Electronic Thesis and Dissertation Repository

Degree

Doctor of Philosophy

Program

Psychology

Supervisor

Dr. W. A. Fisher

Abstract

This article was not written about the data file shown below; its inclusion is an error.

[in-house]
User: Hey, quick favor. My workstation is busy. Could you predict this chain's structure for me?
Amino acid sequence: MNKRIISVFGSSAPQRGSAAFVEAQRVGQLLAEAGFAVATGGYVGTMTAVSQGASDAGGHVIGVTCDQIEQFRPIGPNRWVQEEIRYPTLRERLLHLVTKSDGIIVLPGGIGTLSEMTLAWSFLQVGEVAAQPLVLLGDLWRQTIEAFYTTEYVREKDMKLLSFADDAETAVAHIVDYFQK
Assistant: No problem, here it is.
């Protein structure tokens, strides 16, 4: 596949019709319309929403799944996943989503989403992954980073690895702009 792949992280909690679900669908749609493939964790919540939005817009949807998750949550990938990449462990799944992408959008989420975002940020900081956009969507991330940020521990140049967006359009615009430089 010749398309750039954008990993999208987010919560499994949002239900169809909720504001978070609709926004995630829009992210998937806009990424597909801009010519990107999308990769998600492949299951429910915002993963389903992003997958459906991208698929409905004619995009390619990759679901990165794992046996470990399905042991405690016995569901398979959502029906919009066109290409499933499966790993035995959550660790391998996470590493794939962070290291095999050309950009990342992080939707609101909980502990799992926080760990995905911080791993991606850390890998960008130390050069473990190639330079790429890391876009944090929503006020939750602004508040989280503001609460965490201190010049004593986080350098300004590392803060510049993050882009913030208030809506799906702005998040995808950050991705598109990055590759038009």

“Pornography” as a concept remains unclear. The lack of consensus about the meaning of pornography is particularly problematic for empirical enterprises where inconsistent conceptualizations of pornography undermine the reliability and validity of research findings, impede the integration of knowledge across studies, and contribute to the miscommunication of research findings to the general public. With this in mind, the goal of this dissertation was to explore the concept of pornography, particularly as it was understood by lay individuals, with the hope of uncovering insights that would strengthen research practices in this field. To this end, seven studies were conducted using both qualitative and quantitative methods to explore the meaning and use of pornography as a construct. This research found that while 14 different conceptual elements were used to define pornography among academics, open-ended responses provided by lay persons tended to describe pornography as the depiction of sexual content, particularly sexual behaviour and nudity. Further, closed-ended quantitative measures confirmed the importance of sexual behaviour and nudity for understanding pornography, and also indicated the importance of the sexually arousing properties of such materials for lay persons. When decisions about the extent to which various images could be considered pornographic or not pornographic were examined, pornography judgments were found to be very reliable and did not differ by gender, experience with sexually explicit materials, or extent of erotophobia or right-wing authoritarianism. Finally, 26 unique content-based features of photographic images were found to account for 69-72% of the variance in pornography judgments made in response to sexual images. In sum, across studies, there was evidence of surprising consistency in the ways that lay undergraduate respondents understood and employed the concept of pornography. For most individuals studied, pornography was simply about the depiction of sexual behaviour and nudity, and empirical researchers in this area would do well to align their conceptual and operational definitions of pornography accordingly.


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